Problems of representation lie at the centre of recent experiments in deliberative democracy. The problems are not primarily social scientific questions concerning the statistical representiveness of small-scale deliberative institutions but normative questions about their political and ethical legitimacy. Experiments in deliberative democracy often rely for their representative legitimacy on appeals to the presence of members of different groups. However, they often do so without clear sources of authorisation and accountability from those represented. The representation of nonhumans and future generations in (...) deliberative institutions is still more problematic. In the necessary absence of their authorisation, accountability, and presence, claims to speak on their behalf relies on epistemic claims, coupled with care. To highlight these problems is not to claim that small deliberative institutions are illegitimate but rather to point out the need for a clearer account of their role in democratic institutions and the proper sources of contestability of their outcomes. (shrink)
Landscapes are public environments in which different communities and individuals dwell and which matter to them in ways which are not always consistent. As such they are open to strong conflicts about what the future of landscapes ought to be and who has an entitlement to involvement in a decision about that future. How should such conflicts be resolved? One influential approach is that embodied in the practice of cost-benefit analysis: the strength of preferences for different landscapes is measured by (...) individuals' willingness to pay and the potential Pareto improvement efficiency criterion is employed as a rule of choice. This paper contends that this approach is flawed. It examines an economic valuation study of landscapes in the Yorkshire Dales. Drawing on interviews with farmers in the Dales and on in-depth discussion groups with respondents to other economic valuation studies, it argues that landscape conflicts involve issues of identity that cannot be captured in terms of preference satisfaction and conflicts of perceived rights which could not in principle be resolved by cost-benefit analysis. (shrink)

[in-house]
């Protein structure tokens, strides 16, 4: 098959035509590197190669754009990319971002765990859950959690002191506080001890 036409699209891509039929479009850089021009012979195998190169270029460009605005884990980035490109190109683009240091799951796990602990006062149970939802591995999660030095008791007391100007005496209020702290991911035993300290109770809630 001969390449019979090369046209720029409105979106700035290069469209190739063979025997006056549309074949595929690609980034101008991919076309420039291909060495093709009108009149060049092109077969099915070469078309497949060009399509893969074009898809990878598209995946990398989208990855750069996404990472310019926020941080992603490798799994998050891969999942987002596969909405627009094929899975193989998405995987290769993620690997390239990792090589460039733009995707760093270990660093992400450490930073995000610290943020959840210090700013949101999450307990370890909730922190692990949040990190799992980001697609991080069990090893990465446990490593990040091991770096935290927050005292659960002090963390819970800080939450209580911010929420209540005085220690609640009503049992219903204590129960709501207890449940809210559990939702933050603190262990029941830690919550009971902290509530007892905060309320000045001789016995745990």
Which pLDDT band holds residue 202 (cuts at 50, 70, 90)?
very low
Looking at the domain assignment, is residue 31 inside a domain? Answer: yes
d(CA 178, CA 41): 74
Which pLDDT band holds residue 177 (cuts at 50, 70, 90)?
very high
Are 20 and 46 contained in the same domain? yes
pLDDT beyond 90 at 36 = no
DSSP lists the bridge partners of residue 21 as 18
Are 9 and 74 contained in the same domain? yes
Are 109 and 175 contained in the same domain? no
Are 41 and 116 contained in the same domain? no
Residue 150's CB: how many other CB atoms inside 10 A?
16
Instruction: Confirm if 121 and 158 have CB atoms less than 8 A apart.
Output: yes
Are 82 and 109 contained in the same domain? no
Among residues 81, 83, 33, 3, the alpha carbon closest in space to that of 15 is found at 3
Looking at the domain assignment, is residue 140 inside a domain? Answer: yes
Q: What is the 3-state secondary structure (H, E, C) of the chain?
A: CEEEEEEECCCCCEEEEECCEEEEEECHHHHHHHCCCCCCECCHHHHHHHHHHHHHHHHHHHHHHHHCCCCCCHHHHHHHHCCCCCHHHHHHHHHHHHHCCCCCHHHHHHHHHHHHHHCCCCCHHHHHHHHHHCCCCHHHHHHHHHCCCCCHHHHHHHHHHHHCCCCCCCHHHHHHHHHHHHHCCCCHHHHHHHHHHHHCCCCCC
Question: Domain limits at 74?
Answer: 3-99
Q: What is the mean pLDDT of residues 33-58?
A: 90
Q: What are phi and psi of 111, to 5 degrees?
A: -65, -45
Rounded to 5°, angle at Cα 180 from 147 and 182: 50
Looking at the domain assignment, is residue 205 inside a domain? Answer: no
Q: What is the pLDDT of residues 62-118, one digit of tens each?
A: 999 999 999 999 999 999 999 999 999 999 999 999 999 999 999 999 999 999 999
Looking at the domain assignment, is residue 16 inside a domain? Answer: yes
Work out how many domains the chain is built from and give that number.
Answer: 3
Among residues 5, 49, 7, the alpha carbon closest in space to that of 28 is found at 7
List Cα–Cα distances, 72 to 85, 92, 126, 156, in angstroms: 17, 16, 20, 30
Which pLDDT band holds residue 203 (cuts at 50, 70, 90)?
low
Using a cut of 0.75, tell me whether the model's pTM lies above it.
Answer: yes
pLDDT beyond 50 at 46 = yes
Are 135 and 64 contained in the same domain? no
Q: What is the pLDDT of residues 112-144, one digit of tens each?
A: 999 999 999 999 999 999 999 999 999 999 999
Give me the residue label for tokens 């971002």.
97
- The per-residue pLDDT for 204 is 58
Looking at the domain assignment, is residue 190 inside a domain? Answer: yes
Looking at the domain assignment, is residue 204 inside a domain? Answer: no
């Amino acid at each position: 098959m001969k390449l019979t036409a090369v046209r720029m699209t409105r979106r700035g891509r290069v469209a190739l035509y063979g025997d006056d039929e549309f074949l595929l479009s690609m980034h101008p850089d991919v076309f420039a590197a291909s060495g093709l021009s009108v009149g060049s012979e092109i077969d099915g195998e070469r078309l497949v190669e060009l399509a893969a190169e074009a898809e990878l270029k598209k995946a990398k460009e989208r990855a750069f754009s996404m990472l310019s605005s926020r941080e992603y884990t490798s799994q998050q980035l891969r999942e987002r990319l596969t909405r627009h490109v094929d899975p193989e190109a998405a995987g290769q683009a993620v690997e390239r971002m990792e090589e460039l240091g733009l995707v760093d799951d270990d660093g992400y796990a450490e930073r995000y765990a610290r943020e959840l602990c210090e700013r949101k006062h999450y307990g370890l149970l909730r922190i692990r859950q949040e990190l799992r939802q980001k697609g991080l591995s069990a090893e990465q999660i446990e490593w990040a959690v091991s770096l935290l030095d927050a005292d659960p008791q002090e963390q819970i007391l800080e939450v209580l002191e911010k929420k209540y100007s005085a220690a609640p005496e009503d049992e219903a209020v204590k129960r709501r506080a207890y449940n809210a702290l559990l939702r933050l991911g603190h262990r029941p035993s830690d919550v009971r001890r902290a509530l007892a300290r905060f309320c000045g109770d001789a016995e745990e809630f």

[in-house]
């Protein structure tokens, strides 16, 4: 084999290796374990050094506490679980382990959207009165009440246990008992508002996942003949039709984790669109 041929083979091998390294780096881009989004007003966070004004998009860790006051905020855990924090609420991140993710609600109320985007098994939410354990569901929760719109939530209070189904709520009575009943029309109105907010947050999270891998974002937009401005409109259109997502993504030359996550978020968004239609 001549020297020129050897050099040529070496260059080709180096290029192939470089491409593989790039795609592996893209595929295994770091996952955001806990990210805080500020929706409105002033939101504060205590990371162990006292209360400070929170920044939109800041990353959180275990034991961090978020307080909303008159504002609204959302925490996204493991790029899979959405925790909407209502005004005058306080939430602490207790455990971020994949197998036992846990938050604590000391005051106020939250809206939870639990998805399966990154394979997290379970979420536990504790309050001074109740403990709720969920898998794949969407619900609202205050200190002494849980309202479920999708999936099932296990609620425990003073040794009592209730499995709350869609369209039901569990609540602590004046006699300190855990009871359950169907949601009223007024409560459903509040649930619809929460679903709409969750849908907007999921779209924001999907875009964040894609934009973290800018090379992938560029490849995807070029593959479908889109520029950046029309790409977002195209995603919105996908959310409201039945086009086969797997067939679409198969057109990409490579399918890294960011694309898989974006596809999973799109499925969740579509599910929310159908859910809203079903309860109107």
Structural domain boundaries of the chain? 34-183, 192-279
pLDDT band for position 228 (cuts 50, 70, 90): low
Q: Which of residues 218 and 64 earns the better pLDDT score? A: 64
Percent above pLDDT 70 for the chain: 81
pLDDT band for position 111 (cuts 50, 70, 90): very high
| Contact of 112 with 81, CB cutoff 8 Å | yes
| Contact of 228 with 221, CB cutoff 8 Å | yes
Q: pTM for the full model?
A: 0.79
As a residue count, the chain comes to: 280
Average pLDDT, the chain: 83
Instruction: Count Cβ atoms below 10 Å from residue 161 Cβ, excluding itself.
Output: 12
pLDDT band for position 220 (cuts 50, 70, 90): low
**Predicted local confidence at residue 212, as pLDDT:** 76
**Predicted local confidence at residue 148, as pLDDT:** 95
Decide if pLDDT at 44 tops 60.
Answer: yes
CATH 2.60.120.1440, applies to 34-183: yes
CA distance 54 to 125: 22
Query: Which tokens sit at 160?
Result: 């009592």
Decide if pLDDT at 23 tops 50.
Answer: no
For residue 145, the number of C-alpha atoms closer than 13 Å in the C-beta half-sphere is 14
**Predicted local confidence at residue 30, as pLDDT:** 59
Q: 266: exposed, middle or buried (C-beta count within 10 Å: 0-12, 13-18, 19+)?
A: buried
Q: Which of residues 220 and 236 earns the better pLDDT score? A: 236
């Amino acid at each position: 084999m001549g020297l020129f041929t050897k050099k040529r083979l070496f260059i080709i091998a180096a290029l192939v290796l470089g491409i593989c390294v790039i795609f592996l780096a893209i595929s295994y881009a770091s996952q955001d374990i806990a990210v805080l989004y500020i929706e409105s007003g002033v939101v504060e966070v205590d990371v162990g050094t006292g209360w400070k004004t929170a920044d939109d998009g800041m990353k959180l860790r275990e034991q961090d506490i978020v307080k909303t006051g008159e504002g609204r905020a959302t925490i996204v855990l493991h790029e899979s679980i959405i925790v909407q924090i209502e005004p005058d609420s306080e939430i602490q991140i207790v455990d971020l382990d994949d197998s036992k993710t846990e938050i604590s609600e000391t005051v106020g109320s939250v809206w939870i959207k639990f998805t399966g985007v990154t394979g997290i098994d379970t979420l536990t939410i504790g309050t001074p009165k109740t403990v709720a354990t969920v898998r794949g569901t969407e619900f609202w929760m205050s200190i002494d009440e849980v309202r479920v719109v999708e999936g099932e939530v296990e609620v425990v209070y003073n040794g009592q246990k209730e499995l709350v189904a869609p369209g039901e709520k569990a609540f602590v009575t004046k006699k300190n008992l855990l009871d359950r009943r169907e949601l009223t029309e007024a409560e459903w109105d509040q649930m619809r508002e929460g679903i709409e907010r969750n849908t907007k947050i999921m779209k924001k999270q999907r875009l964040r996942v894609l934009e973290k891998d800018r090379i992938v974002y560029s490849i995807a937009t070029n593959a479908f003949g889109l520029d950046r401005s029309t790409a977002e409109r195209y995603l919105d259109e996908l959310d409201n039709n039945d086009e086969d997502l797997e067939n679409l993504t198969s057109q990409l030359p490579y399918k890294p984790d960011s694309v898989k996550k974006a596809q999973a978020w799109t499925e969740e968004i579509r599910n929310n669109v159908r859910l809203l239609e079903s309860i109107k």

Recent rhetorical critiques of philosophy and science assume a contrast between rational argument and rhetoric that is inherited from an antirhetorical tradition in philosophy. This article rejects that assumption. Rhetoric is compatible with reasoned discourse in a strong sense originally outlined by Aristotle. Rhetorical analysis reveals the inadequacy of purely demonstrative accounts of rational argument and cognitive accounts of the conditions for rational assent to propo sitions. Social studies of the rhetoric of science, and in particular of credibility claims, need (...) not fall into the forms of relativism and global antirealism with which they have become associated. (shrink)
This paper responds to Pope John Paul's "Veritatis Splendor". It defends one of its claims, that some human acts are intrinsically evil, and relates it to another, that one should live in truth. It outlines two versions of the idea of living in truth and argues that the Thomist position defended in the encyclical is to be preferred. However, the paper rejects the encyclical's authoritarianism. It criticizes not the concept of 'authoritative teaching' as such -- all teaching presupposes epistemological (...) authority -- but the way in which the encyclical's characterization of such authority is incompatible with one of its preconditions -- reasoned dialogue. (shrink)
In this paper I distinguish two problems of induction: a problem of the uniformity of nature and a problem of the variety of nature. I argue that the traditional problem of induction that Popper poses—the problem of uniformity—is not that which is relevant to science. The problem relevant to science is that of the variety of nature. *I would like to thank Bob Hale, Russell Keat and the Journal's referee for their comments on earlier drafts of this paper.
In a recent article, ?Marxism and Radical Democracy?,1 Femia argues that Marxism is incompatible with radical democracy. In so doing he specifically reiterates2 a now common claim that the notion of scientific socialism defended by Marx and Engels and prevalent in the Second International is anti?democratic. This claim has not only been made by critics of Marxism.3 It has been a major criticism of classical Marxism within the Western Marxist tradition, in particular? in the work of the Frankfurt School.4 It (...) is one of the main reasons why the classical Marxism of Engels and the Second International has been rejected as positivist and vulgar: no modern sophisticated Marxist admits to either positivism or vulgarity. In this paper I examine and reject Femia's arguments for the claim that the notion of scientific socialism is undemocratic. I argue that the orthodox view of Marxism as a scientific theory is compatible with democracy, and indeed encourages a democratic understanding of socialism. A thoroughly vulgar Marxism is thoroughly democratic. (shrink)